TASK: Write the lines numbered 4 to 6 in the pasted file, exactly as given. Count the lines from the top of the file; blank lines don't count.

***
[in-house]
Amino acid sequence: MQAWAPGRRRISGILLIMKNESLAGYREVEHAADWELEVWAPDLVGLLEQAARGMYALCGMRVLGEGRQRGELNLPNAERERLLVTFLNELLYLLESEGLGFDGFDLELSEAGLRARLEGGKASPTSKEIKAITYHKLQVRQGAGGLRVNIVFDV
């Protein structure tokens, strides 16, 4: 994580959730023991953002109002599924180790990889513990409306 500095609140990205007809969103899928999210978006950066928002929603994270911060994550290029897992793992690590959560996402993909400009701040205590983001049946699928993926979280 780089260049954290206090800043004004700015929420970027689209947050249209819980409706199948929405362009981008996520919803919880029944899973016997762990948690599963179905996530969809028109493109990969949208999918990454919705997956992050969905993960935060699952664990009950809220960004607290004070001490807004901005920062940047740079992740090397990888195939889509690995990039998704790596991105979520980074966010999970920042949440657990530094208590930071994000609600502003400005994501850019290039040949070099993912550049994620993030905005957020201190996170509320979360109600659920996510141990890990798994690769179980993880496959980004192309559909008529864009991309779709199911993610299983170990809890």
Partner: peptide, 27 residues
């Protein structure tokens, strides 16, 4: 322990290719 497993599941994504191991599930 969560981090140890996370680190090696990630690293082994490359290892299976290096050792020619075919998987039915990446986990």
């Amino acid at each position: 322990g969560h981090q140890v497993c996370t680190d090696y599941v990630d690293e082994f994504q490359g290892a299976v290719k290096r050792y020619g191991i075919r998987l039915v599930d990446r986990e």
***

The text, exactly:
Partner: peptide, 27 residues
């Protein structure tokens, strides 16, 4: 322990290719 497993599941994504191991599930 969560981090140890996370680190090696990630690293082994490359290892299976290096050792020619075919998987039915990446986990």
């Amino acid at each position: 322990g969560h981090q140890v497993c996370t680190d090696y599941v990630d690293e082994f994504q490359g290892a299976v290719k290096r050792y020619g191991i075919r998987l039915v599930d990446r986990e």